Smith Echo   A signalling system used when defending against a No Trump contract.  
  Smolen   A somewhat inefficient method of showing a game forcing hand which is 5-4 or 4-5 in the majors opposite a 1NT opener. It is fully described in the No Trump bidding book but it has been superceeded by Quest transfers.  
  Splinters   A jump bid which agrees partner's last bid suit and shows shortage in the suit bid. Splinters, 4th suit forcing, game tries and cue bids are often confused with each other. For a fairly comprehensive explanation of what is what refer to the Game Tries, Cue bids, Splinters, 4th suit forcing and all that Jazz link.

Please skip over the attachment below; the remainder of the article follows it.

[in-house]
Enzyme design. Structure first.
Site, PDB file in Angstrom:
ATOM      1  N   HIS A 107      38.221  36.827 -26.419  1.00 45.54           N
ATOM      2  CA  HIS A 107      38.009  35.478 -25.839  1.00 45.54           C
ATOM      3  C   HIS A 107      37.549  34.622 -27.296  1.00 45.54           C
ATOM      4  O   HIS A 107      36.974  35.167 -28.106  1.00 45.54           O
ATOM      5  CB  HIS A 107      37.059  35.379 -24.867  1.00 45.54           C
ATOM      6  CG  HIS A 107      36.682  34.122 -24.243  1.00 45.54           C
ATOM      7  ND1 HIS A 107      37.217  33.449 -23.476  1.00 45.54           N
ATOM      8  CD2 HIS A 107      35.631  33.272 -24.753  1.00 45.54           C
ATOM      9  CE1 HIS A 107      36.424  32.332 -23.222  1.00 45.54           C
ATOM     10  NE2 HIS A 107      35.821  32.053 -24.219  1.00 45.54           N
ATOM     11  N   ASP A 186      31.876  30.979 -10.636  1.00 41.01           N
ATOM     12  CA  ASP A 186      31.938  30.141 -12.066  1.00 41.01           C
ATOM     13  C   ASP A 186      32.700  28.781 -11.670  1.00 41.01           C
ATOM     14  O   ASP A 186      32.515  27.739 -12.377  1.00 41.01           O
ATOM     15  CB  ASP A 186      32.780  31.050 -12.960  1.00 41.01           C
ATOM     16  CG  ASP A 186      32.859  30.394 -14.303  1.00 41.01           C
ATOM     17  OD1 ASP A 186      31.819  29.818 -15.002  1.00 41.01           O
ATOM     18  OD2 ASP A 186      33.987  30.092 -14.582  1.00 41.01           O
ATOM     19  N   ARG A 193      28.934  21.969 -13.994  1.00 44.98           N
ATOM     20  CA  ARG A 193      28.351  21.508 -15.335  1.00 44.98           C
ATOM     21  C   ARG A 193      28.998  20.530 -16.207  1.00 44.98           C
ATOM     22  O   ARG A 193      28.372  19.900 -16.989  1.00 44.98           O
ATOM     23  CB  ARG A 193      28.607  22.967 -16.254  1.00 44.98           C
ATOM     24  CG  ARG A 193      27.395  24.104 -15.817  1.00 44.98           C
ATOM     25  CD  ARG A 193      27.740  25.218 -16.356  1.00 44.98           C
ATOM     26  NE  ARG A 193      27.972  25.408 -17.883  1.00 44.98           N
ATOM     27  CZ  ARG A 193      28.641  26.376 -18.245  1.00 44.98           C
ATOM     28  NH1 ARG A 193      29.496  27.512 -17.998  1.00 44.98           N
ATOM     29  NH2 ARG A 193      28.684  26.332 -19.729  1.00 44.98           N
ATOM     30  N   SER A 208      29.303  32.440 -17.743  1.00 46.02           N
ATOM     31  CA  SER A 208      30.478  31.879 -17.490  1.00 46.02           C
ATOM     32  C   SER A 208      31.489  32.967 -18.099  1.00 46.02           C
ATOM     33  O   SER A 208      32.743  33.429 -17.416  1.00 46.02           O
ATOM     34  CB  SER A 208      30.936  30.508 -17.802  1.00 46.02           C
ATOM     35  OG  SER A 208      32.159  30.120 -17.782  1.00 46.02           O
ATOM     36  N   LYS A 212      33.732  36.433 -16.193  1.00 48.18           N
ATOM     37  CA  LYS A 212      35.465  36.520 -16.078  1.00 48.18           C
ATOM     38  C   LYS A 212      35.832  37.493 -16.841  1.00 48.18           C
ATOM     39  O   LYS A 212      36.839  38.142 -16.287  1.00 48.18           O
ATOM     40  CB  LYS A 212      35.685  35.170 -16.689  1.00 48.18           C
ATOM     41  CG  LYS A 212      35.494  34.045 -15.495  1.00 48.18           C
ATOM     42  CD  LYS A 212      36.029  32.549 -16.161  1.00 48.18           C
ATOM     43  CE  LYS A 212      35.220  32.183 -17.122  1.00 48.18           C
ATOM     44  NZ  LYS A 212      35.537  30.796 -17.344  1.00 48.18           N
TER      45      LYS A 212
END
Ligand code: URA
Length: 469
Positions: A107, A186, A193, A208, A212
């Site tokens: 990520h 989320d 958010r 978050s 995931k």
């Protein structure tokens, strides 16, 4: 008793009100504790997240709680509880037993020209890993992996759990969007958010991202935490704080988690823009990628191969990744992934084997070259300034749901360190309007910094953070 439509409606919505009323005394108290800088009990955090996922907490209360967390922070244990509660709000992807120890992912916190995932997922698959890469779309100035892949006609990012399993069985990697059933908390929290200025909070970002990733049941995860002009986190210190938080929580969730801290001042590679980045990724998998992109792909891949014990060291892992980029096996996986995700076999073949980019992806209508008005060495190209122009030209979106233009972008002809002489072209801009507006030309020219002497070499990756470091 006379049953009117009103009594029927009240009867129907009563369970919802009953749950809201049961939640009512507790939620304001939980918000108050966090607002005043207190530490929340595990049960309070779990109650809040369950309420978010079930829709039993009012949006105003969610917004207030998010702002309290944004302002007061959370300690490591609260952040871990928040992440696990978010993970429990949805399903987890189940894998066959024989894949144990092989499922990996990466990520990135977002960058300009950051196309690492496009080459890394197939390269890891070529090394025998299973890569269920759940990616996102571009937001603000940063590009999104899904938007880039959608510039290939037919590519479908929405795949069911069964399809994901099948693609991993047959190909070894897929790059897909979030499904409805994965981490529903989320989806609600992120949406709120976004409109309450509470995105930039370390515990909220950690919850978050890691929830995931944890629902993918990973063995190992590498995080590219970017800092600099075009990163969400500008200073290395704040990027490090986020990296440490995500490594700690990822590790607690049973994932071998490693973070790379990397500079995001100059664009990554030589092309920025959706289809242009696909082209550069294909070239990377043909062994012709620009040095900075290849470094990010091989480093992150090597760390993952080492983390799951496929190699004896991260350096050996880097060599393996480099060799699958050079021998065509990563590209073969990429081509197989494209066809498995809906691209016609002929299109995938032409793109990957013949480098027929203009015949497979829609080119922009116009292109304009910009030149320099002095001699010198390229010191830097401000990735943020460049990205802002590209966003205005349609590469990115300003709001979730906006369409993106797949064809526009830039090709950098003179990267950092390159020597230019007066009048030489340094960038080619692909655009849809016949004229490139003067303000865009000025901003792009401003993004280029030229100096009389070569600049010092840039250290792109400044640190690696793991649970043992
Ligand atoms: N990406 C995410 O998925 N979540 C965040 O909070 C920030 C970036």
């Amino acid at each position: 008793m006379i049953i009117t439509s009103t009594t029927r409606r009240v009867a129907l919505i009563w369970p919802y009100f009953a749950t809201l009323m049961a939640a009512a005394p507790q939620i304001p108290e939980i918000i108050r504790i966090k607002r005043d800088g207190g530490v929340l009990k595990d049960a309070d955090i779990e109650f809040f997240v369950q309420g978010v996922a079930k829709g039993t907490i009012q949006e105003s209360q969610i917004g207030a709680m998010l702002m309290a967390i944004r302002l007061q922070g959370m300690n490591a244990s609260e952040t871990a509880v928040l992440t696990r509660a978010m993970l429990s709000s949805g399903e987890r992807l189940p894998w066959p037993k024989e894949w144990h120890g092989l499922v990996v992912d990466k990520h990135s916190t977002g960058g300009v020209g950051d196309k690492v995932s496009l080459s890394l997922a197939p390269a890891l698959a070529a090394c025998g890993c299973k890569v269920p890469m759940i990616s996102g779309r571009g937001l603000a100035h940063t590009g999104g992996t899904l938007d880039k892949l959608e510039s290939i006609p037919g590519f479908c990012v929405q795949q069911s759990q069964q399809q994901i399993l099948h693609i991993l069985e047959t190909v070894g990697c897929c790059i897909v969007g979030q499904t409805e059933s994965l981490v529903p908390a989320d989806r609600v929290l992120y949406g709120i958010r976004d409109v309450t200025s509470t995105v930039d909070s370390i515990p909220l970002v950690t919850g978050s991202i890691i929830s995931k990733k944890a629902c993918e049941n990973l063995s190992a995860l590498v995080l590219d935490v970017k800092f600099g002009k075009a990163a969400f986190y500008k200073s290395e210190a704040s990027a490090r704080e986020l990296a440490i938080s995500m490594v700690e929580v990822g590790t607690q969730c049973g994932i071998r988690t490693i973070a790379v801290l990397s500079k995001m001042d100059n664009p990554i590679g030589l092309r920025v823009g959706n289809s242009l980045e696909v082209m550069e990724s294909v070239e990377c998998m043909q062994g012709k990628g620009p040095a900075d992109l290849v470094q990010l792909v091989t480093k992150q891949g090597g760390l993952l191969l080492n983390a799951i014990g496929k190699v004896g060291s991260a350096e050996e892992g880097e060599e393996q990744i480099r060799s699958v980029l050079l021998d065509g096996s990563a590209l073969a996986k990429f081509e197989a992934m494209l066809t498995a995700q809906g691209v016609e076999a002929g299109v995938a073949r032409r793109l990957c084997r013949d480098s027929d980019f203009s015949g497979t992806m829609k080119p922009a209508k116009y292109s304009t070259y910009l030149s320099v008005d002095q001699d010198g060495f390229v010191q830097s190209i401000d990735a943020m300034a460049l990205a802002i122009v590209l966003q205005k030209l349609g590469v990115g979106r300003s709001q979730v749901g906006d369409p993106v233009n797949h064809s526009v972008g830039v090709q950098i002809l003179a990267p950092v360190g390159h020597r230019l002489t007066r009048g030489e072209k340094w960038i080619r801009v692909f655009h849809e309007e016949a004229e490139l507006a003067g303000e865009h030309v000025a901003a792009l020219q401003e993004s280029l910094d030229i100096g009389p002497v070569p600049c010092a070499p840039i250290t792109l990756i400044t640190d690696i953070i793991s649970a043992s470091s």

This is a convention used to escape into a suit contract when a 1NT opening is doubled; it is generally used when playing a weak NoTrump.  
  Stayman   2 over partner's 1NT opening. This link give a simple explanation, it is much more fully described in the No Trump bidding book. There is also a comprehensive description of when you can use Stayman with a weak hand in the Garbage Stayman link.  
  Strong Twos   A fundamental ingredient of basic Acol and other old bidding systems. Opening bids of 2, 2 and 2 are strong (8-9 playing tricks) and the bid is forcing. Most players play weak twos these days but the strong two capability is built into Benjamin twos (see section 2).  
  Support Double   A double of RHO's overcall of partner's response to show 3 card support.  
  South African Texas   Bids of 4 or 4 over partner's 1NT opening that ask him to bid 4 or 4 resp.